Provincial governments across the country make frequent reference to the importance of the small business sector and their initiatives to support it – but a new survey by the Canadian Federation of Independent Business (CFIB) reveals substantial differences in how provincial governments are perceived in their vision for and understanding of small business.
In terms of understanding the realities of running a small business, Saskatchewan Premier Brad Wall received top marks from the small business owners in his province; Premier Wall was also the only provincial leader to receive a positive ranking from more than half of Saskatchewan small business owners.
The Ontario government is trailing in the provincial ranking, with only 15 per cent of small business owners feeling confident in their government’s small business vision.
“Small business owners in Ontario are already facing significant payroll tax increases in the form of the recently announced minimum wage hike and the proposed Ontario Pension Plan,” said Nicole Troster, CFIB’s senior policy analyst for Ontario. “These survey results show that the province’s job creators have very little confidence in the direction the government is taking to stimulate economic growth.”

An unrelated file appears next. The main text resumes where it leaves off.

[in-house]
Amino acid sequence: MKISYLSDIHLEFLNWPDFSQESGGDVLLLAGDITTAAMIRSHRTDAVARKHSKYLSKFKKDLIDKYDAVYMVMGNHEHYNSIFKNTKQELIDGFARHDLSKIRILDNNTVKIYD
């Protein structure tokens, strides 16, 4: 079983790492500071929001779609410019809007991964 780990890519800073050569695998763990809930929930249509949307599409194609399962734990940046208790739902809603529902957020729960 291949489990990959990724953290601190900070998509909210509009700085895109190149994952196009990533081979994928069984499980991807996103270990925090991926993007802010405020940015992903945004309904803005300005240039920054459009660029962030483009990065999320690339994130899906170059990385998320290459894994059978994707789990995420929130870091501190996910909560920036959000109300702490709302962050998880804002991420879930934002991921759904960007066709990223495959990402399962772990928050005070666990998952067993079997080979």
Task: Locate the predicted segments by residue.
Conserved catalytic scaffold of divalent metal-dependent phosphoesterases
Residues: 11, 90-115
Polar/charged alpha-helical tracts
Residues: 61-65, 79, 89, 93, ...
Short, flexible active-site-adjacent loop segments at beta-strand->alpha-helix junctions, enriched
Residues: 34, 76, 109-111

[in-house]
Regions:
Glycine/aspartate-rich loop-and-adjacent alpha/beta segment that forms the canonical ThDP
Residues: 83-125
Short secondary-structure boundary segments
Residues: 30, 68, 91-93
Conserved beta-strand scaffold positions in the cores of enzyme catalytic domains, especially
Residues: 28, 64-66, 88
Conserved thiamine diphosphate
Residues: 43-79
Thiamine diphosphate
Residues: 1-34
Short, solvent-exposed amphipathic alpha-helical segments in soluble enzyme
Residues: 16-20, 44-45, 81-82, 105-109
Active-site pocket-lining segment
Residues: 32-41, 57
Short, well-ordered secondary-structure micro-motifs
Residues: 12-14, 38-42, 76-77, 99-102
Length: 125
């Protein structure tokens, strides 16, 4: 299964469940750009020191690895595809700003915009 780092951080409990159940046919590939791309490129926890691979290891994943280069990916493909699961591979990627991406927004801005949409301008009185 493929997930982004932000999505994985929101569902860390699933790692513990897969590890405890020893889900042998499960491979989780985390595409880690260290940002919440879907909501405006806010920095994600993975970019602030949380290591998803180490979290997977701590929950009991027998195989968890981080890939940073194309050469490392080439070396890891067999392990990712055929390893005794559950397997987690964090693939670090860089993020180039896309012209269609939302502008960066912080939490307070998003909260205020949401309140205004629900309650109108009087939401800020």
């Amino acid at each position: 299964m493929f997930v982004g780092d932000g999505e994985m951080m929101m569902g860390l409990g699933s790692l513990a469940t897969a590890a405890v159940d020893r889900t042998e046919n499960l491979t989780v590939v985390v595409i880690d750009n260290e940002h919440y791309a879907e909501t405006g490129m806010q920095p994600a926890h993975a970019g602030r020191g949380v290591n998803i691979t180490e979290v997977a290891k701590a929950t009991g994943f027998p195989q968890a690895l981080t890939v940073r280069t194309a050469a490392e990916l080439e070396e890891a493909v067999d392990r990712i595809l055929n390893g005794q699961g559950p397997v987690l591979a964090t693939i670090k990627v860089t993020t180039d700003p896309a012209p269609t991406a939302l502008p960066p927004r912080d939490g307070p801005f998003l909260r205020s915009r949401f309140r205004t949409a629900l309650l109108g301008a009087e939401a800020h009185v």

Sixty-three per cent of small business owners indicate the current level of provincial taxes discourage them from growing their business, while only three per cent think the Ontario Premier understands the realities of running a small business.
“Small businesses want the government to work with them, not against them”, Troster said. “Hiking taxes or adding a whole suite of new taxes and fees will not improve business confidence or make it easier for the province’s small businesses to create jobs.”
CFIB’s key recommendations focus on keeping taxes reasonable, controlling government spending, reducing red tape, balancing labor laws and balancing budgets.
“Small business owners are nearly unanimous in agreeing that their Premiers must focus on creating a better climate for small business,” the report concluded. “To truly create a provincial climate that supports and values entrepreneurs and grows small business – and the significant contributions they make to their communities and provincial economies – premiers must live up to the commitments they have made. They can achieve this by heeding the advice of the small business owners who drive their provincial economies, and by observing the examples of their colleagues across Canada, for better and for worse.”